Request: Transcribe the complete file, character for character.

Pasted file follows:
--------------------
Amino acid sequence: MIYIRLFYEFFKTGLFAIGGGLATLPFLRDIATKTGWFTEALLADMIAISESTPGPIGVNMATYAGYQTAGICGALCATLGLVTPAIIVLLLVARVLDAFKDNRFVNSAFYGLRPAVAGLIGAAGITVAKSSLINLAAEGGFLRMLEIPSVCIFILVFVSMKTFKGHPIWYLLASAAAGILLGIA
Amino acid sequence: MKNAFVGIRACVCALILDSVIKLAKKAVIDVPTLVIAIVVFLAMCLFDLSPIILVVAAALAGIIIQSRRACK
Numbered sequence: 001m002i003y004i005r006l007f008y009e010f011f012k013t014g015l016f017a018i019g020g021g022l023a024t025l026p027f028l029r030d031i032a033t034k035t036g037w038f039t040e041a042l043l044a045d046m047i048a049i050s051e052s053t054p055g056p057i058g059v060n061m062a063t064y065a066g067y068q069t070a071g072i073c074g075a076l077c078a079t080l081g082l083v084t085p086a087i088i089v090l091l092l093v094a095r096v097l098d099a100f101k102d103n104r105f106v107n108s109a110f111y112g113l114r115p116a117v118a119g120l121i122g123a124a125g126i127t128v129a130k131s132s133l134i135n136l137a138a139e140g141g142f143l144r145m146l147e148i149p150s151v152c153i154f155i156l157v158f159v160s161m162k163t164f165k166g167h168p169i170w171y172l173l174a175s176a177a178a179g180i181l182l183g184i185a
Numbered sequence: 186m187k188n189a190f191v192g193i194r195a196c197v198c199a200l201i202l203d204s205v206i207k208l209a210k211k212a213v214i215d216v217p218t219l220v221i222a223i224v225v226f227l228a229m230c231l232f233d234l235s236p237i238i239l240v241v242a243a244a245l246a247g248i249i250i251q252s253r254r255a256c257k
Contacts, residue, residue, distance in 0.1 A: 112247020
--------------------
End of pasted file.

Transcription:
Amino acid sequence: MIYIRLFYEFFKTGLFAIGGGLATLPFLRDIATKTGWFTEALLADMIAISESTPGPIGVNMATYAGYQTAGICGALCATLGLVTPAIIVLLLVARVLDAFKDNRFVNSAFYGLRPAVAGLIGAAGITVAKSSLINLAAEGGFLRMLEIPSVCIFILVFVSMKTFKGHPIWYLLASAAAGILLGIA
Amino acid sequence: MKNAFVGIRACVCALILDSVIKLAKKAVIDVPTLVIAIVVFLAMCLFDLSPIILVVAAALAGIIIQSRRACK
Numbered sequence: 001m002i003y004i005r006l007f008y009e010f011f012k013t014g015l016f017a018i019g020g021g022l023a024t025l026p027f028l029r030d031i032a033t034k035t036g037w038f039t040e041a042l043l044a045d046m047i048a049i050s051e052s053t054p055g056p057i058g059v060n061m062a063t064y065a066g067y068q069t070a071g072i073c074g075a076l077c078a079t080l081g082l083v084t085p086a087i088i089v090l091l092l093v094a095r096v097l098d099a100f101k102d103n104r105f106v107n108s109a110f111y112g113l114r115p116a117v118a119g120l121i122g123a124a125g126i127t128v129a130k131s132s133l134i135n136l137a138a139e140g141g142f143l144r145m146l147e148i149p150s151v152c153i154f155i156l157v158f159v160s161m162k163t164f165k166g167h168p169i170w171y172l173l174a175s176a177a178a179g180i181l182l183g184i185a
Numbered sequence: 186m187k188n189a190f191v192g193i194r195a196c197v198c199a200l201i202l203d204s205v206i207k208l209a210k211k212a213v214i215d216v217p218t219l220v221i222a223i224v225v226f227l228a229m230c231l232f233d234l235s236p237i238i239l240v241v242a243a244a245l246a247g248i249i250i251q252s253r254r255a256c257k
Contacts, residue, residue, distance in 0.1 A: 112247020